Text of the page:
Regarding our mother’s estate, our father had the legal right to live in the house and remained living there for the rest of his life. All of his children wanted it that way. Only some personal things of our mother were distributed after she died and before our father died. Also, our brother Richard made all of the payments to buy the house, and there are very detailed accounting records to back this up.

After our Dad passed away, and a meeting was held in the spring, at which time George and Don were appointed and agreed upon as the administrators of Dad’s things. We also had a meeting to give some of mother’s personal things to each family member. Don took our grandfather’s late 1800 gold pocket watch, which was the only thing of value. George and Don put together all Dad’s carpenter tools ect. from his work shop and distributed them equally among all family members (Don got his share).

There wasn’t much of a market for the Broder Buck back in 1971 when we advertised in Field & Stream, so it stayed in the family, in Richard’s house at first. When Don took the trophy, we thought he was taking it on behalf of the estate, as George’s helper, and holding it for all Ed Broder’s children. The bottom line is that we trusted our brother Don, and so we didn’t mind that he’d taken the trophy. It had to be kept somewhere.

And, we went about raising our families and going about our lives. We didn’t think the time was right to start looking at selling the Broder Buck until the 1990s, and we hired a lawyer to help us find a buyer. Then, in 1997, we saw the article in the Edmonton Sun about the Edmonton Sports Show, saying the Broder Buck belonged to Don’s son Craig.

This was an absolute shock to us. The Broder Buck belonged to all the children of Ed Broder. So we demanded it back. When we didn’t get it, we had no choice but to sue our brother and our nephew. It was a sad day, indeed.

The whole issue about us not being able to demand the trophy back without an Administrator appointed by the Court wasn’t even raised by Don or Craig for several years into the lawsuit. We demanded back the trophy so that all Ed Broder’s siblings could share equally in the proceeds of any sale—including Don. That is what would have happened if the Estate of Ed Broder was administered by Court process, and it is what we believe our father wanted. But Don and Craig refused. Even after Administrators were appointed, Don and Craig continued to refuse to give up the Broder Buck.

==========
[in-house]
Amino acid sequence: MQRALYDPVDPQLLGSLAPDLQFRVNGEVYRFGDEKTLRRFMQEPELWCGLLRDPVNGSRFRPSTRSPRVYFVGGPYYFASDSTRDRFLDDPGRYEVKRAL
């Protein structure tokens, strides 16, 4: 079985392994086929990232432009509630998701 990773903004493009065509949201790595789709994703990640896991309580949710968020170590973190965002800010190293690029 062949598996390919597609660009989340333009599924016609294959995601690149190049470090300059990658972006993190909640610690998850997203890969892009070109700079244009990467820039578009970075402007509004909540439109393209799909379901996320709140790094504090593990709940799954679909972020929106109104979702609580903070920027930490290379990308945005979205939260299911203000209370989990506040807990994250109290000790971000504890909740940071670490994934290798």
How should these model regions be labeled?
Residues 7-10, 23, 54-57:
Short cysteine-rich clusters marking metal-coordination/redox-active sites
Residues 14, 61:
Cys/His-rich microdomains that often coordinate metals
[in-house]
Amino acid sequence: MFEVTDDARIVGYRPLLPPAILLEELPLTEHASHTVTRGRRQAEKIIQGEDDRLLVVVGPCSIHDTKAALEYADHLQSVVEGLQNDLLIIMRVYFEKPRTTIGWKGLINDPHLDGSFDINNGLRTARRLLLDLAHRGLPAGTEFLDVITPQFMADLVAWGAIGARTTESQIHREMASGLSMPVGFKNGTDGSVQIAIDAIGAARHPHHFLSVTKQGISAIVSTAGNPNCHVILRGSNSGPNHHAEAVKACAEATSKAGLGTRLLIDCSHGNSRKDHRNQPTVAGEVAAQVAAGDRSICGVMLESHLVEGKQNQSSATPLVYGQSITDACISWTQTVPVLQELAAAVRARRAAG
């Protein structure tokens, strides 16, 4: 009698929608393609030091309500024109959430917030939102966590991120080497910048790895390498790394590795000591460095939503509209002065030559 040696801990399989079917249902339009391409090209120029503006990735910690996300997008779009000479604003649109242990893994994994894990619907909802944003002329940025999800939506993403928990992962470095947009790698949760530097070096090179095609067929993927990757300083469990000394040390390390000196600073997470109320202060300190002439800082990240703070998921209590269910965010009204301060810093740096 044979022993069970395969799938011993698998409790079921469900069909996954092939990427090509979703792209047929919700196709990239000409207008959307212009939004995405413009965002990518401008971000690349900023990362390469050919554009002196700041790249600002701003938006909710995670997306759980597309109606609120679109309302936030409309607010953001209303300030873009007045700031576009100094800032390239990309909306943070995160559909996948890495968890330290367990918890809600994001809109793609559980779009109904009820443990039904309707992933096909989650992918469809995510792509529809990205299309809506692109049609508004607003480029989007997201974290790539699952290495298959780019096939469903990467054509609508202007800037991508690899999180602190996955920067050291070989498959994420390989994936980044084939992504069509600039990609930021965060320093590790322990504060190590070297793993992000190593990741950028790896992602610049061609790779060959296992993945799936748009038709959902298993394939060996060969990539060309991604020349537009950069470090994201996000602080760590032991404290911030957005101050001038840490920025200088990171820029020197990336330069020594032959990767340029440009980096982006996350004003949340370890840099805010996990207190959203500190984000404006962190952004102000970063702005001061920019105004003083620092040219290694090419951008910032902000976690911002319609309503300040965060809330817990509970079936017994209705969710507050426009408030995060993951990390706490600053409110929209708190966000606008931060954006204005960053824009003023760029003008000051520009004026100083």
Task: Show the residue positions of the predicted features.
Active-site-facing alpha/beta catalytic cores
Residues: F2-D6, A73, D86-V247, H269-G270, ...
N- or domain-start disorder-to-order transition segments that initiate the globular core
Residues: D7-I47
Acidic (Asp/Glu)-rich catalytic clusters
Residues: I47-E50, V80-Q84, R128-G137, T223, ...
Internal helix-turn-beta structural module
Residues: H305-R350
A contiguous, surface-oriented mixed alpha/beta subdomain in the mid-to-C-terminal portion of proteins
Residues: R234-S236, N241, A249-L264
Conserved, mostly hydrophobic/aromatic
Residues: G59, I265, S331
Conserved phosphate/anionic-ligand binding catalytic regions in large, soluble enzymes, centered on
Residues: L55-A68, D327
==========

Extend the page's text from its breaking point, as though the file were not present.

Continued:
In June of 2001, after the Administrators were appointed, the Honorable Mr. Justice R.P. Belzil granted an order stating that, among other things, “The world record mule deer trophy and all estate assets are to be preserved and not disposed of without the consent of all parties or Court Order.”

In September of 2003, the Honorable Mr. Justice R.P. Marceau granted an order that Don was to put the Broder Buck in the safekeeping of his lawyer, where it could be inspected by the other siblings or someone they appoint. He was to do this by October 10, 2003. That date came and went, and the Broder Buck was not delivered as ordered.

Our lawyer brought a motion to have Don Broder cited in contempt of court for refusing to obey a court order. Don swore an Affidavit on November 7, 2003 in which he said he had the Trophy, that the Trophy was “safely secured” at his residence in Sundre, Alberta; and he attached photographs of the Trophy “as it existed on November 3, 2003, verified by the date of the newspaper visible in the photograph.”

On November 10, 2003, Justice Marceau ruled that Don was in contempt of court, but decided that because Don had sworn he still had the Broder Buck, Don didn’t have to deliver it to his lawyer for safekeeping.